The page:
Den or no Den? Tiramisu or Tea-ramisu? Coffee or no Coffee? Japanese chef Zaiyu Hasegawa loves what he does and he and his team do their utmost to put a smile on people’s faces.
As you walk into restaurant Den, there is a sign on the door. It is Le Gaulois. It is a bit confusing they tell me when they send an email with instructions of how to get to the restaurant. The name is that of a French restaurant which was there before Den. So why didn’t they change it? It is because it was one of Hasegawa’s favourite restaurants and he decided to keep the decor in place when he moved the restaurant there.
What was most important for him was to have a bigger kitchen because he wants to be able to see everyone while he is cooking.
Zaiyu Hasegawa and his team at Restaurant Den are the Japanese family you never knew you had until you set foot in their restaurant in Tokyo. Japan and the Japanese are known for their welcome and their hospitality but the team at Den take it to the next level.
If you follow the Japanese chef on Instagram or Facebook you know that he has a dog, Puchi, that he loves to call the head chef of the restaurant. The dog even has his own instagram account. And while he is often visible on social media, it was a surpise to see the dog in the restaurant. There he was sleeping and relaxing quietly on a chair behind the cash as if to show who is in charge of the restaurant operations.
Jokes apart, Den has been in the World’s 50 Best Restaurants list top 50 for a number of years now and is also no. 2 in Asia’s 50 Best. It has two Michelin stars though it lost one a few years ago only to regain it back.
Is all the fuss about Den justified and why does everyone rave about it? It is because Zaiyu makes fine dining fun. He has taken Kaiseki cuisine that is centred around seasons and fresh produce and given it a modern interpretation. He has also turned things upside down while at the same time bringing a smile on your face. This was evident from the first course. A Monaka which is normally a traditional Japanese sweet. Zaiyu and his team serve it stuffed with fois gras that has been marinated in white miso and combined with dried permisson and smoked pickled radish. As Joyeta explains, permisson is also a traditional ingredient that was used first in sweets in Japan.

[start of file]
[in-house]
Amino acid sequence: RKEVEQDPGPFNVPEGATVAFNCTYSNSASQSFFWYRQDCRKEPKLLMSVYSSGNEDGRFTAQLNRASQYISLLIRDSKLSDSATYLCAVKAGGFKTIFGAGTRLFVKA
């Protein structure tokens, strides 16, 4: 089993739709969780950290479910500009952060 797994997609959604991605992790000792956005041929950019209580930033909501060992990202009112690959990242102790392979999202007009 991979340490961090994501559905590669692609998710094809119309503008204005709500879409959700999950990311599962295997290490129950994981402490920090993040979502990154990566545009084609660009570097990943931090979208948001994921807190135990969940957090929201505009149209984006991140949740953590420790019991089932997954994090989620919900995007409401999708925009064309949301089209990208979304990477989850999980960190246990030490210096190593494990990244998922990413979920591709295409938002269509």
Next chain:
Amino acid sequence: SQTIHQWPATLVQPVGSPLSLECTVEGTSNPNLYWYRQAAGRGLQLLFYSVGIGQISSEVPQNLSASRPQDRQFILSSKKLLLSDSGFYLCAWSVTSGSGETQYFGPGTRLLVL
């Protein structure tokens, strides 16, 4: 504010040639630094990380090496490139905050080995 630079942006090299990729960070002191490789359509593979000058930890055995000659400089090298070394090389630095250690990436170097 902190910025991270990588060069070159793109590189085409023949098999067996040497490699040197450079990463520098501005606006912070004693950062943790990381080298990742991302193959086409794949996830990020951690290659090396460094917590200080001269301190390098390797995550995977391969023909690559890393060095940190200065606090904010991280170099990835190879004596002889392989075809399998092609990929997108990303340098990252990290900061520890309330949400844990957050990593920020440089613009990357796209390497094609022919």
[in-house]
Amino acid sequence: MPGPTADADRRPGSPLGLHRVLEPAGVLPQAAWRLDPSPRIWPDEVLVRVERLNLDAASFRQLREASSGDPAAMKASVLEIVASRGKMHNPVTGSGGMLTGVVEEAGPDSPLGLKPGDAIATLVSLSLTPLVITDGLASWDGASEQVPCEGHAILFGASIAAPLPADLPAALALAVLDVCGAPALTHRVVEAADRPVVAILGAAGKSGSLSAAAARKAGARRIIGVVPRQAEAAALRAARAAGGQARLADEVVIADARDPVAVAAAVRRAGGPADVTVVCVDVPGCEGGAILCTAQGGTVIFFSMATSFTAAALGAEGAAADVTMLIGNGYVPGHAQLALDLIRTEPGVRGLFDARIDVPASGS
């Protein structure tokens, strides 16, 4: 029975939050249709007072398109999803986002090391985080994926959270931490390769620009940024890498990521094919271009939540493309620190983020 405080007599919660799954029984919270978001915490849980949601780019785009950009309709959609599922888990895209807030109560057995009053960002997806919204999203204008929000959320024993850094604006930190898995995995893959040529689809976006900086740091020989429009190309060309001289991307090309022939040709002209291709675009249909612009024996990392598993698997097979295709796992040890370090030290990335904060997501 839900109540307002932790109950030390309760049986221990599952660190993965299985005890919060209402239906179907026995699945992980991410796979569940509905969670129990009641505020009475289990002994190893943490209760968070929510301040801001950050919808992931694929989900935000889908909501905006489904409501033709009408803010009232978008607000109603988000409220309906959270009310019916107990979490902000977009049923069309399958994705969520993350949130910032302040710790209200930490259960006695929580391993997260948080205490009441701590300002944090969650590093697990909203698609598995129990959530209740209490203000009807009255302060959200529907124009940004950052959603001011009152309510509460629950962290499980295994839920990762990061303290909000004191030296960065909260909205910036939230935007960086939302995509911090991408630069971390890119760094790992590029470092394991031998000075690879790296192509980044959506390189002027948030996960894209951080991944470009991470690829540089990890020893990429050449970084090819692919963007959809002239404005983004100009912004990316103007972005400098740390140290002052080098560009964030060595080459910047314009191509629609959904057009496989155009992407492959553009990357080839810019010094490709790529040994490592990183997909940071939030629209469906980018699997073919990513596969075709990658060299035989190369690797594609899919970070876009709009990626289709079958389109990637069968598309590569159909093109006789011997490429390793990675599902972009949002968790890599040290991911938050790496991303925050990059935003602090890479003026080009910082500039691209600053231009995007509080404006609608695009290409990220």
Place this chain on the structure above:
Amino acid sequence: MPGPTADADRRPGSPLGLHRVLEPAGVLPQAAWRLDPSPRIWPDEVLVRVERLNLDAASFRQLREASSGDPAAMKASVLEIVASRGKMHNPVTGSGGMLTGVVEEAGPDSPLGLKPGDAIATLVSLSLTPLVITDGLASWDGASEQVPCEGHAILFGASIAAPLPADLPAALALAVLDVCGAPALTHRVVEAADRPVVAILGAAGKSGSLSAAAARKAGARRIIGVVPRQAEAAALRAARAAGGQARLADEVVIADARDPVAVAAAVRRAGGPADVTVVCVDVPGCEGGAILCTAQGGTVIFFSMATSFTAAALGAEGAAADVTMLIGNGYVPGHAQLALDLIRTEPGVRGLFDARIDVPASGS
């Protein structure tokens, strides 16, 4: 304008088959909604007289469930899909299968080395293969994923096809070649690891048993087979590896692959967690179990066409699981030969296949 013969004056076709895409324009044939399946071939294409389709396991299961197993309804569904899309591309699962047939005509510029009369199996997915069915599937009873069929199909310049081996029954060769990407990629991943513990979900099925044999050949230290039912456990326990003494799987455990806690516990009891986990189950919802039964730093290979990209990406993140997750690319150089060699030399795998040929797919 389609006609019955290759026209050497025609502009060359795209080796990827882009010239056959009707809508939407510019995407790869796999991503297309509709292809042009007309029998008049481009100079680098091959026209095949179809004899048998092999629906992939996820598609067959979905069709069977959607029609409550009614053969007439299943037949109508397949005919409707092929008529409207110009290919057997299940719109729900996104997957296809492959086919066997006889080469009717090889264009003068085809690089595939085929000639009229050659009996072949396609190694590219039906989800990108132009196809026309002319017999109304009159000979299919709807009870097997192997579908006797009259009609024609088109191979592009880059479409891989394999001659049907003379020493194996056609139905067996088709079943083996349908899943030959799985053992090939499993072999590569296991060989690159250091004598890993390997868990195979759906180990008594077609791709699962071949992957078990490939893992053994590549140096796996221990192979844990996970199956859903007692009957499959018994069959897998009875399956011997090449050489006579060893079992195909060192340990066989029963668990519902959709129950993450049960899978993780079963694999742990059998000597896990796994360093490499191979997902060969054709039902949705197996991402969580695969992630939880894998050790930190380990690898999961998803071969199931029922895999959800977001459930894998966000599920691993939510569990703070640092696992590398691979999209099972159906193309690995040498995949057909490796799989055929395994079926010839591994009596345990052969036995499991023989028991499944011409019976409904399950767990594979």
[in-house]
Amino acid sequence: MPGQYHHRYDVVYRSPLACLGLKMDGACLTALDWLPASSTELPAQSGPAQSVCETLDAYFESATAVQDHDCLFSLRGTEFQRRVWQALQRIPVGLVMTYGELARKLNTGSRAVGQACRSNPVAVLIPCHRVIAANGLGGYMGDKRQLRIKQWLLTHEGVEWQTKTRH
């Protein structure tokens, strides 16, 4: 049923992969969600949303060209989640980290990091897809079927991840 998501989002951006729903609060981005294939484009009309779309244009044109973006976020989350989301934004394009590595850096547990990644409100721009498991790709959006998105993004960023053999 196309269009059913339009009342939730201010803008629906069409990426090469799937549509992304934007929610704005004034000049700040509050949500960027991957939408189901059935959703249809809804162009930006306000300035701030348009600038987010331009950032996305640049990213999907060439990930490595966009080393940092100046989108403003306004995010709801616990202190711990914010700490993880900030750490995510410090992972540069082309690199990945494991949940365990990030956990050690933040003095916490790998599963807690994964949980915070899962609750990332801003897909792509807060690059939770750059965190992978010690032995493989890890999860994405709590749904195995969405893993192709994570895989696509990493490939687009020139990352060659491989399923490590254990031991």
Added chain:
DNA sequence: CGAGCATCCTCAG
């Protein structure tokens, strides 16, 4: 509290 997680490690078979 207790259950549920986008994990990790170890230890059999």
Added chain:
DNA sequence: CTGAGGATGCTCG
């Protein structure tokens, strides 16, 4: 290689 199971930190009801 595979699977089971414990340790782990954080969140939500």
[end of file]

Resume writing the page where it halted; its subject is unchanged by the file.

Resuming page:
I’ve met and seen Zaiyu in action before. The first time was at Enrico Crippa’s Piazza Duomo in Alba where the Japanese chef had worked on a collaboration dinner with the Italian chef. He has also visited Belgium a few times, the last being for a four hands dinner together with his whole team at L.E.S.S., the bistro of Belgian chef Gert de Mangeleer and Joachim Boudens.
Sitting next to me is chef Nathan Rich from Twin Gardens, United States. He is on a research visit to Japan. Joyeta puts a takeaway box in front of all the guests that are sitting at the table that lies just in front of the kitchen. “We have been a bit busy today and not to keep you hungry we rushed to get some ‘DENTUCKY fried chicken’. Normally the box has the chef’s face on it but there is a big smile on Zaiyu and Joyeta’s face as they place the boxes for Nathan and myself. They have personalised the boxes for us putting our faces instead of the signature Zaiyu photo on the box.
Now, that is a personal touch. A few days later, chef Virgilio Martinez and his wife Pia Leon get the same treatment. The fried chicken is served with sticky rice, seri or Japanese parsley and scallops. It’s not only delicious but it also puts a smile on guests faces.
The next courses are serious enough. First there is sashimi served with fresh wasabi, shiso flowers and shiso sprouts together with a seaweed and vinegar sauce. Then there is yellow tail tuna served with a grated Daikon sauce and chives.
What follows also puts a smile on your face. It’s the famous GarDEN with the ‘trademark’ smiley carrots. The vegetables come from Zaiyu sister’s garden. The salad has 20 different types of vegetables and leaves and is served in different ways, deep fried, picked, grilled, fresh etc. It is exceptional.
Two rice dishes are then served. The first is with the first bamboo shoots of the season that were served with sancho pepper leaves), the second with shabu shabu beef with rice. These are served with Japanese pickles and miso soup. By this time, all of us at the communal table have eaten more than enough but just like at home they ask us if we wanted second helpings. Alas, many succumbed to the temptation.
The first dessert takes the form of a Tea-ramisu, They serve it as moss from the garden on a small shovel and throw some ‘dirt’ on the newspaper. But this is not a chocolate dessert. Instead it is a cream cheese mousse mixed with bamboo charcoal powder to darken it, roasted green tea, matcha powder, barley tea, buckwheat tea and dill.
The second dessert or ‘coffee’ is even more clever. Introduced when Zaiyu lost a Michelin star it is called Star Come Backs. We are told not to drink it and they tell me don’t worry there is no coffee conscious of the fact that I had barely landed in Japan. It was a custard pudding with burnt caramel ice-cream, black truffles and milk foam. A coffee but not a coffee. What a way to finish a meal.
At the end, the whole team stop to chat and guide us out of the restaurant. Zaiyu picks up Puchi to say goodbye to the guests. Most, including myself pledge to return. It is obvious why.